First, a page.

The chambers are really large, some are over 12 meters in diameter and the detail of mural art displays a social complexity through human figurines and other artwork.
In total, more than 150 tombs can be found underground in this area, but only some of them can be visited.
Tierradentro Tombs are still off the beaten path and most visitors either don’t know about them or don’t want to loose the extra days you need to visit them.
Badillo River in Valledupar
Badillo River near Valledupar has a natural wonder to offer that will leave you in awe.
Large white boulders lie scattered on the riverbed, leading the trajectory of the river in all different ways and forming rapids along the way.
The natural pools of clear water have been formed through erosion over the years.
This location has been an inspiration for artists, poets, writers, painters, and musicians for ages. Maybe it can be an inspirational place for you too!
Alto de los Idoles in San Agustin
While holding similar tombs to the ones we discussed in the Tierradentro National Park, San Agustin is widely known for its peculiar statues.
We saw similar entrances to underground tombs in different places in the National Park and also in one of the villages we visited nearby.
However, nobody appears to be visiting San Agustin for its tombs!
The talk of the town in San Agustin are the ‘Idoles’, which are made up of a large amount of religious statues that are spread out over the countryside hills.
The origin of these statues dates back to 3000 to 1000 BC and consists of 3 archeological sites today. Alto de los Idoles is the most impressive one, but if you have time to spare, you can visit all of them.
Salt Cathedral of Zipaquira
The catholic church of Zipaquira is built in a salt mine deep under the surface. It lies 200 meter underground and is considered one of the greatest achievements of Colombian architecture.
The actual salt mines have been in use since the 5th century, but the cathedral was built in the 20th century.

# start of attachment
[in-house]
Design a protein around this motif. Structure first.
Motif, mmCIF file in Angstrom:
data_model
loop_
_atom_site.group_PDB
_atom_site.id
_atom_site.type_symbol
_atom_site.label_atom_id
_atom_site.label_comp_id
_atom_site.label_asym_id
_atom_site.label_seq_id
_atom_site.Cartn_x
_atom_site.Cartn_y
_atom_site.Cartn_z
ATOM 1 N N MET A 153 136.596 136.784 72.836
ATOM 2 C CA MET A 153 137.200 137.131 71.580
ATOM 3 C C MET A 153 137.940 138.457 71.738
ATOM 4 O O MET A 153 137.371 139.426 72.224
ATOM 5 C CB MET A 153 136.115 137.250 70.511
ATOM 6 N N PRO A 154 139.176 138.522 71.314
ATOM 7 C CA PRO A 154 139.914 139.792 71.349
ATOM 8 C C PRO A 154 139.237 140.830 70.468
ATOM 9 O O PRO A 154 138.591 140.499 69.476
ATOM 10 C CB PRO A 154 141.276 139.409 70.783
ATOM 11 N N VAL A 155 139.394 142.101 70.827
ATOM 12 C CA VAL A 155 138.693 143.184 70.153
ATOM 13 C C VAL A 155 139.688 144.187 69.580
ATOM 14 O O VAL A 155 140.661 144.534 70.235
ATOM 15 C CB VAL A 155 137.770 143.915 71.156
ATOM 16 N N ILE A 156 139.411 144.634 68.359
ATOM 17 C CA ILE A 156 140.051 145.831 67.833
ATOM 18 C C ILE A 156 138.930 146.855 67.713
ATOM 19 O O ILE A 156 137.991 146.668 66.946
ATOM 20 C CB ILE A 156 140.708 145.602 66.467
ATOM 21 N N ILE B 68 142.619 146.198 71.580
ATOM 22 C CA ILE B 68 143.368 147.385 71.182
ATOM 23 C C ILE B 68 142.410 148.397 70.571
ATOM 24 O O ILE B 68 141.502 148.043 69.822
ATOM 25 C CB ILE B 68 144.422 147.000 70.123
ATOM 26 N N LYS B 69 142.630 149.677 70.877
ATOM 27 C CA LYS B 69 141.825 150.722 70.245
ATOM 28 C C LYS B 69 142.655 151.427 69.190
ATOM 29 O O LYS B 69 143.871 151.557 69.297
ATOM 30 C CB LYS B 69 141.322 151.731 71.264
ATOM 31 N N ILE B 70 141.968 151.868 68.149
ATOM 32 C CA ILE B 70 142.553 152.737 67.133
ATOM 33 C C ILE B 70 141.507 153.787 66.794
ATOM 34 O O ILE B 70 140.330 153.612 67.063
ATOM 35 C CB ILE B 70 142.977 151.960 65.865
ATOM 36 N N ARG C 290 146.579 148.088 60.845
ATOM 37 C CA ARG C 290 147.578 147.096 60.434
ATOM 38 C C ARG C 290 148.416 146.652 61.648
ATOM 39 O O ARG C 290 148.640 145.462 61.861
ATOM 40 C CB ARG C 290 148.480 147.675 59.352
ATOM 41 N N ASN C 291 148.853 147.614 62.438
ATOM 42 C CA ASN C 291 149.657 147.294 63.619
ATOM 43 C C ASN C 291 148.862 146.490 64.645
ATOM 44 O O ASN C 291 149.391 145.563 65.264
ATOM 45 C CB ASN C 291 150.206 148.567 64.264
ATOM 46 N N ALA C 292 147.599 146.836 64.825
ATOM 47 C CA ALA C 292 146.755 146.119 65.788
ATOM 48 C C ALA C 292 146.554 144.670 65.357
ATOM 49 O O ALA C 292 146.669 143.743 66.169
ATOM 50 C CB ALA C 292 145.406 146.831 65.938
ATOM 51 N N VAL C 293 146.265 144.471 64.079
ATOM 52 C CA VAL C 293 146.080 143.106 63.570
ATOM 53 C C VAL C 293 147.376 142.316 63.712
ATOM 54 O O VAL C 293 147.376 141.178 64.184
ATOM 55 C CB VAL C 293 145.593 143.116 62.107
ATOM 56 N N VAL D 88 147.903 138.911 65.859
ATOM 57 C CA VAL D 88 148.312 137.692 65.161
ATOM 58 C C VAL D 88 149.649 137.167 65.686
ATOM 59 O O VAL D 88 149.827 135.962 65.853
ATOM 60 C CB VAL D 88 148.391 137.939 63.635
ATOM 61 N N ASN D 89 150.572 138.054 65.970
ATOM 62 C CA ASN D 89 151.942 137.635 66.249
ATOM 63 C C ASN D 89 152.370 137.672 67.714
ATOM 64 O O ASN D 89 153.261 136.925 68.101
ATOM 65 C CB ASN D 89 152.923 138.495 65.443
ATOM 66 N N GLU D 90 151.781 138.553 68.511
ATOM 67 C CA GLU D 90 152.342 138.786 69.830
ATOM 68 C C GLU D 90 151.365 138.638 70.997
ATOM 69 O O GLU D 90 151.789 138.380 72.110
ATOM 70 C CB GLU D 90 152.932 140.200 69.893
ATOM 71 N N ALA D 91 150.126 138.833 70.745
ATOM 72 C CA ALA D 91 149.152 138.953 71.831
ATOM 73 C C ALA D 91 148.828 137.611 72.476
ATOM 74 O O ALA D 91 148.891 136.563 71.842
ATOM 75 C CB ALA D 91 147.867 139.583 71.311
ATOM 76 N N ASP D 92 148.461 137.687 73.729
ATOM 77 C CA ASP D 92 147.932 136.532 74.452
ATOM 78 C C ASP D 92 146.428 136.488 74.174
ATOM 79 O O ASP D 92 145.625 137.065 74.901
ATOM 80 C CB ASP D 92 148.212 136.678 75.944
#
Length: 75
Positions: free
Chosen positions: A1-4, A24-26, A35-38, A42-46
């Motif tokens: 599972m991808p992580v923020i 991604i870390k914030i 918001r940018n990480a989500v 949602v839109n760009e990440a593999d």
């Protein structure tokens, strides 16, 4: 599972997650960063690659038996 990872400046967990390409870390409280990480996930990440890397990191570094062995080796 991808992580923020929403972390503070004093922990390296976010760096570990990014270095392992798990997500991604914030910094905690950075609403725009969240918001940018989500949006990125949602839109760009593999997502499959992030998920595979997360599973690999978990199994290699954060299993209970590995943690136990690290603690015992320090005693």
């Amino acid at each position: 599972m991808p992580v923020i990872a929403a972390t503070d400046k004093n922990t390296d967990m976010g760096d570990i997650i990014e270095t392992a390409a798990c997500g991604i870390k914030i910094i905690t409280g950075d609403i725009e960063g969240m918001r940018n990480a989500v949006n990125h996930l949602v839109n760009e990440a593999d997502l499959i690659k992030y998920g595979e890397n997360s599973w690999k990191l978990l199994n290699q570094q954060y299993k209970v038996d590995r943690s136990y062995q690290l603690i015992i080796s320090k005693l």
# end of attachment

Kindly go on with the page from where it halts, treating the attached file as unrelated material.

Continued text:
Zipaquira Salt Cathedral is built into a salt mine, so it’s not entirely made of salt. It consists of 14 smaller chapels and loads of underground tunnels to connect them all.
This gem can be found at 50 km outside of the capital Bogota and it is still used as a church to this day.
Cocora Valley lies on the edge of the Los Nevados National Park near Salento. This valley is famous for its majestic palm trees that reach far into the sky.
The valley can be easily reached from the cute coffee town of Salento.
Inside the valley, we recommend doing the Cocora Valley hike, which takes a few hours and leads you over various rickety bridges and muddy jungle paths.
If you have extra time to spare, check out the different hikes in Los Nevados, a natural reserve where extremes meet.
The Guatape area can also be called drowned land, as the area was flooded after the build of a hydroelectric dam in the 70s.
This wasn’t really great news for the locals at that time, but it does result in these magnificent views from above. To get these scenic views, you must either climb the 740 steps Guatape Rock… or get yourself a nice drone!
Check out our guide on how to visit Guatape!
Cartagena Old Town
The historic center of the Caribbean city of Cartagena de Indias is a colorful mish mash of narrow streets, old buildings, and flower laden facades.
Cartagena has a tropical climate, so prepare to find ice cream vendors… all the time while dwelling through the streets of the walled city.
The historic center is walled and you can walk all the way to the walls to look out over the ocean.
Tatacoa desert is the second largest desert area in Colombia, after Guajira (coming up next!) The desert isn’t full of sand, but it offers a surreal landscape of red stone canyons, which looks pretty unique.
This peculiar landscape arose after the jungle that used to be here, completely dried out.
You can find 2 different colors in this desert: ochre and grey, dividing the desert into 2 different areas.
Aside from the weird and wonderful view, the area is great for stargazing and there’s also an observatory: the most important one in South America!
Did I already mention there’s a swimming pool in the middle of this desert? Because there is!
La Guajira is a peninsula in the North of Colombia, bordering with Venezuela. The Northernmost tip of the entire continent is in La Guajira: Punta Gallinas.